There we were greeted with amazing views in every direction. Southwest toward Snoqualmie Pass, what we thought initially was Snoqualmie, was Chair with Kaleentan beyond. Looking west over the middle fork, we saw hanging Hester Lake. Big Snow to the northeast. To the north, Chimney Rock, Summit Chief, Bears Breast, Hinman, and Daniel. Chimney Rock looked positively gnarly, black, steep and intimidating--and I wonder at the drive, spirit, prowess, and giant cojones of the pioneers: Forrest Farr, Art Winder, and Laurence Byington in 1930; and the first winter ascensionists: Greg Collum, Dan Cauthorn, and Pat McNerthney in 1985. This is not child's play.

 

9449189345_a60baafd7c_z.jpg

DSCN7508 by bennysnyder, on Flickr

 

We down climbed and then glissaded and boot skied and walked slabs back down and hooked skiers left down to the big bench and camp. On the way, we found a huge, tattered red balloon in the heather and flowers which we packed to show the kids.

 

Thank the God of Kegworking we found an easier way down off the bench! Traversing north and down with one short down climb next to a waterfall, we reached the snow finger at about 5100'.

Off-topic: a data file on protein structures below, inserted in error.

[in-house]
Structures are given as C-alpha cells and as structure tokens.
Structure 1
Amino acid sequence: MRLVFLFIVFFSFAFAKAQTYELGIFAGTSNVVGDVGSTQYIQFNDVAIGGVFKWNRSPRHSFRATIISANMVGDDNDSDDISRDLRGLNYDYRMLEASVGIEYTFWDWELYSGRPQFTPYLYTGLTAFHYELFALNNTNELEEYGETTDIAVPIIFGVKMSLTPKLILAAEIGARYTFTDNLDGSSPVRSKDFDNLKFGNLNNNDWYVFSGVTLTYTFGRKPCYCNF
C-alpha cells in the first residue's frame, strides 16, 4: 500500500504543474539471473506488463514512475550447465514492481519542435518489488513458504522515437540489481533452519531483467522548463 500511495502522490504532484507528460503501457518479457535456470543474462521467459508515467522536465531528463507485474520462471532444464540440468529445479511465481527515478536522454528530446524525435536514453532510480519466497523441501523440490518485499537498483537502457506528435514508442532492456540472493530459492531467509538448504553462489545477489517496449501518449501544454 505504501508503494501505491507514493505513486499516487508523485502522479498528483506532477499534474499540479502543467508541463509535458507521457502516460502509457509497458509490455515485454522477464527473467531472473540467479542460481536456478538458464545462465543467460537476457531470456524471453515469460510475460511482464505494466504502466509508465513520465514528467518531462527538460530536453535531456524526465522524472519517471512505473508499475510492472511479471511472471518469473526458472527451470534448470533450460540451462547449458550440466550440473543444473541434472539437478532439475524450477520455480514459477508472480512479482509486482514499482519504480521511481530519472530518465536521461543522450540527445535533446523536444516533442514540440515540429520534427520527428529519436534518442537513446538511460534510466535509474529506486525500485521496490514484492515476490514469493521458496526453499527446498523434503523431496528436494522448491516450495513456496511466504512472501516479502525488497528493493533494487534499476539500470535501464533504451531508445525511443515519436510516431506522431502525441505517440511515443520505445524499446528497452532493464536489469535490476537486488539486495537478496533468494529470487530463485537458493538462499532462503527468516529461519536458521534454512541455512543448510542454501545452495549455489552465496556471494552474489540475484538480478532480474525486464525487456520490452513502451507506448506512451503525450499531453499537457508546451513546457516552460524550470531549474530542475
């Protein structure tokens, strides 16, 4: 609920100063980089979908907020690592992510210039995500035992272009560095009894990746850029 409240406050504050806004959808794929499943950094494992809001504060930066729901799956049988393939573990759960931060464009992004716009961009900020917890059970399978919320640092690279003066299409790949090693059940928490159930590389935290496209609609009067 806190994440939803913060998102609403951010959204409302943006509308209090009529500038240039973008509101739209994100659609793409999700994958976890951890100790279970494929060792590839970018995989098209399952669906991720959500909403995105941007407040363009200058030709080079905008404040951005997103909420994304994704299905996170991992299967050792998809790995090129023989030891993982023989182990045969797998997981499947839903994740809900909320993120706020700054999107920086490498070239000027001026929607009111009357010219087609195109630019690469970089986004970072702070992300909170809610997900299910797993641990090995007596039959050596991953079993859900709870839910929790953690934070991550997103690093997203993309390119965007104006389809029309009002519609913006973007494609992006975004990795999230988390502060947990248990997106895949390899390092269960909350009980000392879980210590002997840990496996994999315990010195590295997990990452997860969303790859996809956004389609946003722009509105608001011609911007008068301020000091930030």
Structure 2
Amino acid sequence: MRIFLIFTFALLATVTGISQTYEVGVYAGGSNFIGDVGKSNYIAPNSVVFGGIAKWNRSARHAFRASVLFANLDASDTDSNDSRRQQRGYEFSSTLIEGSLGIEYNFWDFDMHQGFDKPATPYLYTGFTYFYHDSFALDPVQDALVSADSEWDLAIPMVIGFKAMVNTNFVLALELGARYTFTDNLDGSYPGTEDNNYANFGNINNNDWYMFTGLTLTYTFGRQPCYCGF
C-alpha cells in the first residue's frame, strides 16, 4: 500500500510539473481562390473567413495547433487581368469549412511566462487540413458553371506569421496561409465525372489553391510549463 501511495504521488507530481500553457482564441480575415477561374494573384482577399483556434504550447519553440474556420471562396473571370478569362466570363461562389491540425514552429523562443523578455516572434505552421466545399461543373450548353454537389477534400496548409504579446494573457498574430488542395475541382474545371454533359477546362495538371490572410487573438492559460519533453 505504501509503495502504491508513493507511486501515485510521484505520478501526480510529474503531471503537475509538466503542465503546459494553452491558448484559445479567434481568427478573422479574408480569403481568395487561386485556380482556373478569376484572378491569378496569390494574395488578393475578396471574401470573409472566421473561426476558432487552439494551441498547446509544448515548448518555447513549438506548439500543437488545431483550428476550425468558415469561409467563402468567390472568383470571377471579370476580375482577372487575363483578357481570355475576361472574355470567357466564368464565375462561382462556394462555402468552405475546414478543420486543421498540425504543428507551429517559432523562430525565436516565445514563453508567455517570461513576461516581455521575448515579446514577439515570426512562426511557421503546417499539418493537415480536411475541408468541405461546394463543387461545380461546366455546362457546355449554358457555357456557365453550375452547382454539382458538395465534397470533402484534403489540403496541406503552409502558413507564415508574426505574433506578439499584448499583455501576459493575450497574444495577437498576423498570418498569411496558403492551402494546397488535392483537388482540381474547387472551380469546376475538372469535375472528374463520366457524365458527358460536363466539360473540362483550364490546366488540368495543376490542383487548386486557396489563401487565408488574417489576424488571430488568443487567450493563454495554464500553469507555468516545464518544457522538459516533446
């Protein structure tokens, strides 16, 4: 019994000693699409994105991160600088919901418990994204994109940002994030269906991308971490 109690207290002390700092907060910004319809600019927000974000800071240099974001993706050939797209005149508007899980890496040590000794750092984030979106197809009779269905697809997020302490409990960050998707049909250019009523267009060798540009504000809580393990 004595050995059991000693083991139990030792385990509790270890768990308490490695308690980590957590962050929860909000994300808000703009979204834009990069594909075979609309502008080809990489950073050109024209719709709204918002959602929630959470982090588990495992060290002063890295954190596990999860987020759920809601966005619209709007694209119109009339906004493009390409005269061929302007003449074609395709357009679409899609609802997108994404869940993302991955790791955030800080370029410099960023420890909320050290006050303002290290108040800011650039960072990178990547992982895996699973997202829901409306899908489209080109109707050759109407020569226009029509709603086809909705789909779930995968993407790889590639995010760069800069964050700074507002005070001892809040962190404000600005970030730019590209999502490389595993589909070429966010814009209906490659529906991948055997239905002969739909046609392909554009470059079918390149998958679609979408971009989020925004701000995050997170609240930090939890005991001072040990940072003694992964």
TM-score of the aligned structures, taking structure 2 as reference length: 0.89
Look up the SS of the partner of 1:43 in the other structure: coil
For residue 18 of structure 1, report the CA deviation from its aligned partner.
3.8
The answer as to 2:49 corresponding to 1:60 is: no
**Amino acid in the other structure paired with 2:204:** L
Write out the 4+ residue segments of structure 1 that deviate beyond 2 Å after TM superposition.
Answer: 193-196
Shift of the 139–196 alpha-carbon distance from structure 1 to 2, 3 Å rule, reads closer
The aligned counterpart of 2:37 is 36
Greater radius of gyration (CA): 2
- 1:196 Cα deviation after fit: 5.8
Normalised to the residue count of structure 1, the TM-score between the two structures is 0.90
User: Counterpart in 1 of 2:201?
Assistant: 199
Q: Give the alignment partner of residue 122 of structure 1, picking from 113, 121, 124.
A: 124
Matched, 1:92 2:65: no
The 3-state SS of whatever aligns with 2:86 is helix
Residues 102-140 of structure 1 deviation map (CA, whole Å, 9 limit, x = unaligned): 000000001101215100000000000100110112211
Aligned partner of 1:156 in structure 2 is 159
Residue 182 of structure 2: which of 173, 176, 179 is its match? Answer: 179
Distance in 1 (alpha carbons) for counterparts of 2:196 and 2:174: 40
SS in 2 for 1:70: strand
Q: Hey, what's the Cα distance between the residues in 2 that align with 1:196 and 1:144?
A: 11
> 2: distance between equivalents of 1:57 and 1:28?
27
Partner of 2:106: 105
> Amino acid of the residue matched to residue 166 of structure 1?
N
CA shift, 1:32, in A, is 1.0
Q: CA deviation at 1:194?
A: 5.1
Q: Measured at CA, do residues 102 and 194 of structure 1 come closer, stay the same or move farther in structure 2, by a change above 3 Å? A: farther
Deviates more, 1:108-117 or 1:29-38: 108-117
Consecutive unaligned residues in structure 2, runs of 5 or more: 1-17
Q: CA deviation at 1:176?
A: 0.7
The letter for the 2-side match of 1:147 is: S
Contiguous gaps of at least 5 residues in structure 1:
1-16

9451966606_a13bc91a63_z.jpg

DSCN7538 by bennysnyder. Key descent next to waterfall in the lower left.

 

More boot skiing brought us down toward the end of the snow. I said, Ben look at these crazy caves--eroded out of silvery grey rock. He looked and kept staring somewhat incredulous. He said, "antlers". I turned and saw them silhouetted against the black of the closest cave. I drew back to look and the young 6 point buck started and hoofed it awkwardly up the steep hill, gaining a quick 70' of elevation before disappearing around a shoulder.

 

9451965704_30d322dd18_z.jpg

DSCN7543 by bennysnyder, on Flickr

 

We were thankful for the flagging down Lemah Creek and the views before dropping into the forest and the long, stuporous trail back to Cooper Lake. A swim and beers on the beach had us refreshed. Burgers in Roslyn and a week passed has the Lemah to Snoqualmie high traverse looking pretty good as a 3-4 day adventure..

 

9449180791_69c214ee74_z.jpg

DSCN7551 by bennysnyder, on Flickr

 

Gear Notes:

Bug repellent.

 

Approach Notes:

Sturdy boots, light axe, light crampons. Pink-flagged trail up the north side of Lemah Creek.